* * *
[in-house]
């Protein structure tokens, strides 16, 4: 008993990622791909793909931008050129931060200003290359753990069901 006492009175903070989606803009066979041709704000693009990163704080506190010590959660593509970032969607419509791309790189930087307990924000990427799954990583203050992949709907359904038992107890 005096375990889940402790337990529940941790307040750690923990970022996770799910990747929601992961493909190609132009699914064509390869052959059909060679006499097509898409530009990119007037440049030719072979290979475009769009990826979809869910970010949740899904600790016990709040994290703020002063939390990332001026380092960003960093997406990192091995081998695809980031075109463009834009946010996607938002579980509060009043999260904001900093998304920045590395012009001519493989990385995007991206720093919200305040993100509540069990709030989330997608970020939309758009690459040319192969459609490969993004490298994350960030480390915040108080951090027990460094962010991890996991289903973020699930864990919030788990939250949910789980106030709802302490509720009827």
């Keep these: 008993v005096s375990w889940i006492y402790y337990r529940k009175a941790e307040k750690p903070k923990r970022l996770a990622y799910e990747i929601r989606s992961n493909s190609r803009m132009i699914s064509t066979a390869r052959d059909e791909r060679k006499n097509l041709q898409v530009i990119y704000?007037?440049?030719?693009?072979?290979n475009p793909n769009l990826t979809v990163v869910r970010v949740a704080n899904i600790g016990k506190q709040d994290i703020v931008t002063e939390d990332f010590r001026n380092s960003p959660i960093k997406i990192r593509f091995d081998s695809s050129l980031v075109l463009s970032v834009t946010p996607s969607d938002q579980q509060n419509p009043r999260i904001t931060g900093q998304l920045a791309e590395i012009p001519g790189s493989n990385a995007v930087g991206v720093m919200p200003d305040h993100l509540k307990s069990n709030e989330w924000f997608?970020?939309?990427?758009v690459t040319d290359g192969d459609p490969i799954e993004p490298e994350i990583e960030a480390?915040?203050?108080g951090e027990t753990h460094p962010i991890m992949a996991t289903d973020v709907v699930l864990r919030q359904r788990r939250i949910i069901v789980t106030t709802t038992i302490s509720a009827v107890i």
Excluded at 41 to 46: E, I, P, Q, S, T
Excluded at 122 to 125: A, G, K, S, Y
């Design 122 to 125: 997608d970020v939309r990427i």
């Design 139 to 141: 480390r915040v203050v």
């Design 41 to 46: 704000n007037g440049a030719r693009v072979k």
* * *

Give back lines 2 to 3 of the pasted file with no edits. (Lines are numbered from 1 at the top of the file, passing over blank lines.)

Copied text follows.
């Protein structure tokens, strides 16, 4: 008993990622791909793909931008050129931060200003290359753990069901 006492009175903070989606803009066979041709704000693009990163704080506190010590959660593509970032969607419509791309790189930087307990924000990427799954990583203050992949709907359904038992107890 005096375990889940402790337990529940941790307040750690923990970022996770799910990747929601992961493909190609132009699914064509390869052959059909060679006499097509898409530009990119007037440049030719072979290979475009769009990826979809869910970010949740899904600790016990709040994290703020002063939390990332001026380092960003960093997406990192091995081998695809980031075109463009834009946010996607938002579980509060009043999260904001900093998304920045590395012009001519493989990385995007991206720093919200305040993100509540069990709030989330997608970020939309758009690459040319192969459609490969993004490298994350960030480390915040108080951090027990460094962010991890996991289903973020699930864990919030788990939250949910789980106030709802302490509720009827």
């Keep these: 008993v005096s375990w889940i006492y402790y337990r529940k009175a941790e307040k750690p903070k923990r970022l996770a990622y799910e990747i929601r989606s992961n493909s190609r803009m132009i699914s064509t066979a390869r052959d059909e791909r060679k006499n097509l041709q898409v530009i990119y704000?007037?440049?030719?693009?072979?290979n475009p793909n769009l990826t979809v990163v869910r970010v949740a704080n899904i600790g016990k506190q709040d994290i703020v931008t002063e939390d990332f010590r001026n380092s960003p959660i960093k997406i990192r593509f091995d081998s695809s050129l980031v075109l463009s970032v834009t946010p996607s969607d938002q579980q509060n419509p009043r999260i904001t931060g900093q998304l920045a791309e590395i012009p001519g790189s493989n990385a995007v930087g991206v720093m919200p200003d305040h993100l509540k307990s069990n709030e989330w924000f997608?970020?939309?990427?758009v690459t040319d290359g192969d459609p490969i799954e993004p490298e994350i990583e960030a480390?915040?203050?108080g951090e027990t753990h460094p962010i991890m992949a996991t289903d973020v709907v699930l864990r919030q359904r788990r939250i949910i069901v789980t106030t709802t038992i302490s509720a009827v107890i």